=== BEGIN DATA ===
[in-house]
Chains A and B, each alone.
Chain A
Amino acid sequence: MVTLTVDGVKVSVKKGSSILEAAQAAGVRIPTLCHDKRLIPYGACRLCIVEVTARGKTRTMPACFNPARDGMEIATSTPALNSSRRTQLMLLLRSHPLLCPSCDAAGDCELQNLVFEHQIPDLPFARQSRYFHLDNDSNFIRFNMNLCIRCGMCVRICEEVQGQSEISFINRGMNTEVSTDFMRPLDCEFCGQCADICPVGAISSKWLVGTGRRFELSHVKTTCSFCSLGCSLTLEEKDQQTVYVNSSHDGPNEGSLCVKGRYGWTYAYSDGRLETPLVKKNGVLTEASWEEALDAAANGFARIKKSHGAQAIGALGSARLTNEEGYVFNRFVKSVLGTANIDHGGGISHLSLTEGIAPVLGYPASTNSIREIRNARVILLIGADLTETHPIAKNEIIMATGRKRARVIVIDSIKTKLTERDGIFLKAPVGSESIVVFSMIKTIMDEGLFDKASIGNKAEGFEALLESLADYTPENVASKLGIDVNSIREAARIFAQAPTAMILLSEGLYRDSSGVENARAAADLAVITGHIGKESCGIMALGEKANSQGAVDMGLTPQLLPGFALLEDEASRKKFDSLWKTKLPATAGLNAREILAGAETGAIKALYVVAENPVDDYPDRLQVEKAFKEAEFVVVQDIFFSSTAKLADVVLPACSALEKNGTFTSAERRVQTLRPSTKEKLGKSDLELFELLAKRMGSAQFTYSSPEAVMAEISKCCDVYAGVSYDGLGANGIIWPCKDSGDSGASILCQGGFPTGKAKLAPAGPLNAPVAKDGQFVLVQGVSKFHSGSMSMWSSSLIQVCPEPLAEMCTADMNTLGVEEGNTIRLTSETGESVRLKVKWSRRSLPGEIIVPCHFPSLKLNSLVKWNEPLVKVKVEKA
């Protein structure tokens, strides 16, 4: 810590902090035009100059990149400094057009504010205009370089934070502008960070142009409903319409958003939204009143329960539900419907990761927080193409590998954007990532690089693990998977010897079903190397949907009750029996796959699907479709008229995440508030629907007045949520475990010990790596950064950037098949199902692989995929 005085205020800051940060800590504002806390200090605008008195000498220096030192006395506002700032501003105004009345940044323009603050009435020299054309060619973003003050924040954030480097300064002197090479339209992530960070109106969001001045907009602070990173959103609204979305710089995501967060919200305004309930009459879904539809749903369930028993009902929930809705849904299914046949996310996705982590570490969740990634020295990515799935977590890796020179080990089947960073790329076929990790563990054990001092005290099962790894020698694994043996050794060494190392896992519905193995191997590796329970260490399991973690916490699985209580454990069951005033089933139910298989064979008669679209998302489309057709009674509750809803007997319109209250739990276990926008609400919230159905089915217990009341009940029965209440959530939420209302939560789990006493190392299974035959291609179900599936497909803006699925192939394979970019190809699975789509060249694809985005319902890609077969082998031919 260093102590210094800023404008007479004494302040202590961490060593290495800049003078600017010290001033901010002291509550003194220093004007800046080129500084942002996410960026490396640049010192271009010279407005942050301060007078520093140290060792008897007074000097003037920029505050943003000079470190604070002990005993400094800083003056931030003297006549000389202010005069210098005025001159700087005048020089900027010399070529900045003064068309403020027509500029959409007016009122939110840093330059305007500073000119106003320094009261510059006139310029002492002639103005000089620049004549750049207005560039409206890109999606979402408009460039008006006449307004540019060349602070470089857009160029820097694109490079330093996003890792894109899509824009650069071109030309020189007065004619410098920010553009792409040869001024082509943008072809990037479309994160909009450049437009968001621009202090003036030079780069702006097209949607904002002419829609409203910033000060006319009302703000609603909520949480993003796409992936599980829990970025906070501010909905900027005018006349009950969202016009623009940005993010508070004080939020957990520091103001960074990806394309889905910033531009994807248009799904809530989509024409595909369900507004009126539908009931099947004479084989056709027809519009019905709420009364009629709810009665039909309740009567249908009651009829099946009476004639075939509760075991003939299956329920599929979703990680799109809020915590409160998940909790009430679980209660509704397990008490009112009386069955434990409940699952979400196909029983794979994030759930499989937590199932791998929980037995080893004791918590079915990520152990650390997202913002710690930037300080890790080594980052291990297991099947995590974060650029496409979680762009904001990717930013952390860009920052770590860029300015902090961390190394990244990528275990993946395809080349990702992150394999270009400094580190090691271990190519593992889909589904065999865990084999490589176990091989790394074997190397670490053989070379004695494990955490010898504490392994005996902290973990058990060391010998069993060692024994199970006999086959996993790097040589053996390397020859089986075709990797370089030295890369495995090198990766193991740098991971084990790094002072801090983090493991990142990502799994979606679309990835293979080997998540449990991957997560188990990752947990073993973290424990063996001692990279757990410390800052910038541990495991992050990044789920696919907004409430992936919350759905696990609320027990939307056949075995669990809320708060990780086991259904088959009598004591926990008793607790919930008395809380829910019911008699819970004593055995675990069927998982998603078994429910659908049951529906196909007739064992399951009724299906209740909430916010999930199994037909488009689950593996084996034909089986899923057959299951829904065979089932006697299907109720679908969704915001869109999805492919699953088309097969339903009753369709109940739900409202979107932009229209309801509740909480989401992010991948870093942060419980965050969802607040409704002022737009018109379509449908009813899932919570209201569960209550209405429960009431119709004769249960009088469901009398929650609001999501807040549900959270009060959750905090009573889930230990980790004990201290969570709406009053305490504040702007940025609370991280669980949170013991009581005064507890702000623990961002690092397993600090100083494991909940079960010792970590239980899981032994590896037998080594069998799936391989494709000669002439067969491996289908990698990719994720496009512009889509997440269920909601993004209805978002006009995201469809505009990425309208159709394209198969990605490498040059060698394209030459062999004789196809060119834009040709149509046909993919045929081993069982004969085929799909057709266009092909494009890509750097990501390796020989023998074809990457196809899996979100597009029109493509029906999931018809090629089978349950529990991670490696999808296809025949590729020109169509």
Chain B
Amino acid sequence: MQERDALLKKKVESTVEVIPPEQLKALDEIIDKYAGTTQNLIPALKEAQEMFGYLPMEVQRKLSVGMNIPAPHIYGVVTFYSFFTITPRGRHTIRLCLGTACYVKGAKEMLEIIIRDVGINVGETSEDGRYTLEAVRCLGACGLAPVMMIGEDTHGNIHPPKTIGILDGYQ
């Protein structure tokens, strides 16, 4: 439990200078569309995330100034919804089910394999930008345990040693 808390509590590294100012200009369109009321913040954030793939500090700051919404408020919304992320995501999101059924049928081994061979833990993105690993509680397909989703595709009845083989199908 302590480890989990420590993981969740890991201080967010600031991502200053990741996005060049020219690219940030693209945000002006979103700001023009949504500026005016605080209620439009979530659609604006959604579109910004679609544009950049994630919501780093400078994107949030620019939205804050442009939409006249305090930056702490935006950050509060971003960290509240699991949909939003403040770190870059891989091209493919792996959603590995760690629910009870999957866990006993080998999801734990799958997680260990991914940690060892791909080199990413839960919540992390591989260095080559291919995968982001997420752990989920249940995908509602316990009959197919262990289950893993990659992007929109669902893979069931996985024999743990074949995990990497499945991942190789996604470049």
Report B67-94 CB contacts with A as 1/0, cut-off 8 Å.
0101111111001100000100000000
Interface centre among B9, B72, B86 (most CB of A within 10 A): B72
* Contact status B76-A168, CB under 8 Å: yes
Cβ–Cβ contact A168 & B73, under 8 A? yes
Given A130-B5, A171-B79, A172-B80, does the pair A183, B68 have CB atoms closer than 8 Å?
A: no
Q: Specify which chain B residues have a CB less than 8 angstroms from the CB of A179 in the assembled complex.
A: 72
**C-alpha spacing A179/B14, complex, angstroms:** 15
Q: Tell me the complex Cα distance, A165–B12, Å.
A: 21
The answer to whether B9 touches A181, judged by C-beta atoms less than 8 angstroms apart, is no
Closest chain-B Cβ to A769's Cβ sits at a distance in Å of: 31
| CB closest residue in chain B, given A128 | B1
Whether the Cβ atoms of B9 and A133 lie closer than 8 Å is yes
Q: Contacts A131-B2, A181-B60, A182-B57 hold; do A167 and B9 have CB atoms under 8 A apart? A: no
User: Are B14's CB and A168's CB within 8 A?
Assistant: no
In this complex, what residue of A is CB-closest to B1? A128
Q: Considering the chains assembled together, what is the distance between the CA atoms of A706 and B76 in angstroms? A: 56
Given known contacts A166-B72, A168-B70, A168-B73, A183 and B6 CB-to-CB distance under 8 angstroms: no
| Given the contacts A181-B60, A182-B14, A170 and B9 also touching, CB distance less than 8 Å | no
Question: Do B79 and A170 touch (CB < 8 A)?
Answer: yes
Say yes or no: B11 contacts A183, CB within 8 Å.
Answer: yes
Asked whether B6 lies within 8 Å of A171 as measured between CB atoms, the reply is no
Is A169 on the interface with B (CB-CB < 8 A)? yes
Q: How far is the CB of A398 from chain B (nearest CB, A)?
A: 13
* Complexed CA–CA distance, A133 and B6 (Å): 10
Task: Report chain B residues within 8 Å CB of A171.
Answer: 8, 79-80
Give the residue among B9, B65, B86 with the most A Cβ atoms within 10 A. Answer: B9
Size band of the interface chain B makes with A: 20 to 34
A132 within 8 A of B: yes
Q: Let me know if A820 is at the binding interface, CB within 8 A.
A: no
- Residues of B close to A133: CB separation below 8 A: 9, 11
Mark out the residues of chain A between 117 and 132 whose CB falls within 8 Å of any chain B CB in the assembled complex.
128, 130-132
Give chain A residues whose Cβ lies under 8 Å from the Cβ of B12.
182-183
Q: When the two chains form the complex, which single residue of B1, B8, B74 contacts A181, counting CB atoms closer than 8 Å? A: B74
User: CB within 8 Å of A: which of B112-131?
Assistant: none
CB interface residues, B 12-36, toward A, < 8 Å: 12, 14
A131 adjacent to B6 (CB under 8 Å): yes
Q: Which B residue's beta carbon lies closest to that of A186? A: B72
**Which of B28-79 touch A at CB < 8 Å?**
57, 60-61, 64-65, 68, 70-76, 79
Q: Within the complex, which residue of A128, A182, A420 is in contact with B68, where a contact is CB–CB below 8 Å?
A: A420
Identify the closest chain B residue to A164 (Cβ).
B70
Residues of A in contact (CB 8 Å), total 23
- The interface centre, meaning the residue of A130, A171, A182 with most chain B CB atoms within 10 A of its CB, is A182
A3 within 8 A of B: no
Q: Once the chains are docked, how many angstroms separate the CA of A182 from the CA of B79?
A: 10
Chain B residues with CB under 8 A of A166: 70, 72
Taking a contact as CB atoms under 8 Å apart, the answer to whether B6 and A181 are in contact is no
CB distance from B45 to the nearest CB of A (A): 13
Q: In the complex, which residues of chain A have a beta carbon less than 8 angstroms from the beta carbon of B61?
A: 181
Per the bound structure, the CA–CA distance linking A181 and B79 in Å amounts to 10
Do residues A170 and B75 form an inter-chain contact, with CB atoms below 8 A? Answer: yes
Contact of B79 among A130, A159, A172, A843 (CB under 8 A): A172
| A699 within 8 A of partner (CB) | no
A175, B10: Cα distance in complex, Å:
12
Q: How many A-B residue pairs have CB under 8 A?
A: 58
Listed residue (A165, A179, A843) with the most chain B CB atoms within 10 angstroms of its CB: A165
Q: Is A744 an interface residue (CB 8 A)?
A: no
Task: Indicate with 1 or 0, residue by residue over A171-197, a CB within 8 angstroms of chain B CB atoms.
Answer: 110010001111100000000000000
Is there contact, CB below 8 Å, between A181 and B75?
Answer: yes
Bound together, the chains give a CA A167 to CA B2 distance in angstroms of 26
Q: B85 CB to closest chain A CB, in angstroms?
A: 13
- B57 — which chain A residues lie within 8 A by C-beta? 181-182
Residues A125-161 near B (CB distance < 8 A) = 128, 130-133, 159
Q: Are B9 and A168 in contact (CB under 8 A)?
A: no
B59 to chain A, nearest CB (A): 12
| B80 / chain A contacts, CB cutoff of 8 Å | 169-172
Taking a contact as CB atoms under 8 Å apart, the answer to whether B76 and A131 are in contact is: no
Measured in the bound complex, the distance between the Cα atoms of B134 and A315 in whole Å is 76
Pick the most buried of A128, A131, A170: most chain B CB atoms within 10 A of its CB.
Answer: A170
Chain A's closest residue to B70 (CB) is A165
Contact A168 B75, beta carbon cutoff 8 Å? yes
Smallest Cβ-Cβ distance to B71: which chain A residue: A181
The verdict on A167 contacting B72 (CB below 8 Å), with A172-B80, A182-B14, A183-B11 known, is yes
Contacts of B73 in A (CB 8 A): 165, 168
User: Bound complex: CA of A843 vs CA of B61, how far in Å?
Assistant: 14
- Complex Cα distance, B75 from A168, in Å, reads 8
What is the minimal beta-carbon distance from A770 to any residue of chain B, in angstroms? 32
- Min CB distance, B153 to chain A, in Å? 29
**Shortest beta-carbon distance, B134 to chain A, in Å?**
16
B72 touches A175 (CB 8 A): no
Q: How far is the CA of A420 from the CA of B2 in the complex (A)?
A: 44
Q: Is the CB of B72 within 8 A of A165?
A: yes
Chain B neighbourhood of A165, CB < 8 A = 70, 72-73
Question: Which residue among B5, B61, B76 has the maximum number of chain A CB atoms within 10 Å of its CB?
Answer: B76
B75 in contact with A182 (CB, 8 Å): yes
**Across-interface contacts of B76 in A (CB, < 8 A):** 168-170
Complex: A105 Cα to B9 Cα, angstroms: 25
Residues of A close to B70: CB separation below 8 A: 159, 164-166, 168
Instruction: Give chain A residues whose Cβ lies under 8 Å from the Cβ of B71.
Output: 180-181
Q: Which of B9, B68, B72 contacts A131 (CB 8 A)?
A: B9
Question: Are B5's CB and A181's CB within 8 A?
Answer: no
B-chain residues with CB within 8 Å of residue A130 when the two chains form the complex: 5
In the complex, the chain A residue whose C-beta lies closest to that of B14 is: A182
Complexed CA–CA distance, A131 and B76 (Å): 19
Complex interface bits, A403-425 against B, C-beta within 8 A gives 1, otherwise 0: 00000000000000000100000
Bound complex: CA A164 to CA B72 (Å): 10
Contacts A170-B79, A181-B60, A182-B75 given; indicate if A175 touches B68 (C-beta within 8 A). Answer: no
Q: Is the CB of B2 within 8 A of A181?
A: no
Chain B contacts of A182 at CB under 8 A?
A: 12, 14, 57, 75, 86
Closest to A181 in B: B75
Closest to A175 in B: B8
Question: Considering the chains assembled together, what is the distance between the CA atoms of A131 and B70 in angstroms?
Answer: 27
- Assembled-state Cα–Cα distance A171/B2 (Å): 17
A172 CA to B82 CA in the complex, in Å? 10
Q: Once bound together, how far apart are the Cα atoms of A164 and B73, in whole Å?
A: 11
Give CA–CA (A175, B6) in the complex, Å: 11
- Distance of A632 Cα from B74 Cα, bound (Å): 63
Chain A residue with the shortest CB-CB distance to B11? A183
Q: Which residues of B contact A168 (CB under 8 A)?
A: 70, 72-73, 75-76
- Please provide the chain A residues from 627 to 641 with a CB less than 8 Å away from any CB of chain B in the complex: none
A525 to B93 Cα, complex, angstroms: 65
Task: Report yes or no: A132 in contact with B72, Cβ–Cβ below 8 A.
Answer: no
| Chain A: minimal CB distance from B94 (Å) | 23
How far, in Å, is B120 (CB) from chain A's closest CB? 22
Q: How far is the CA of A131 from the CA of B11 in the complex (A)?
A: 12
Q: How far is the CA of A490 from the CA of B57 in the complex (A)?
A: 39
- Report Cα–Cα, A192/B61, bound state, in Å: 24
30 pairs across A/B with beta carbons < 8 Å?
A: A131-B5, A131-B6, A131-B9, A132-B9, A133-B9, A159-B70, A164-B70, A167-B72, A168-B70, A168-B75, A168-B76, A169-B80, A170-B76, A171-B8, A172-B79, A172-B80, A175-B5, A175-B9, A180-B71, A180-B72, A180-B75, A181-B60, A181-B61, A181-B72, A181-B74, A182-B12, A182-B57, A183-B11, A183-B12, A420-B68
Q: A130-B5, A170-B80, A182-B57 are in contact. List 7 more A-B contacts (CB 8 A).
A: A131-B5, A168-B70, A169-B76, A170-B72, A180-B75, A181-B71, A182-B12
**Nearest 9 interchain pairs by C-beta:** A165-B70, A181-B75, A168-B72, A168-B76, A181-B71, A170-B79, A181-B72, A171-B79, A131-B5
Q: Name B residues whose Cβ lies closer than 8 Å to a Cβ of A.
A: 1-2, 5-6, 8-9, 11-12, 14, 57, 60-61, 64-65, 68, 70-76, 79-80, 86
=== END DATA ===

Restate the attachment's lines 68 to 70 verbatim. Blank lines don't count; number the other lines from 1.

Q: Once the chains are docked, how many angstroms separate the CA of A182 from the CA of B79?
A: 10
Chain B residues with CB under 8 A of A166: 70, 72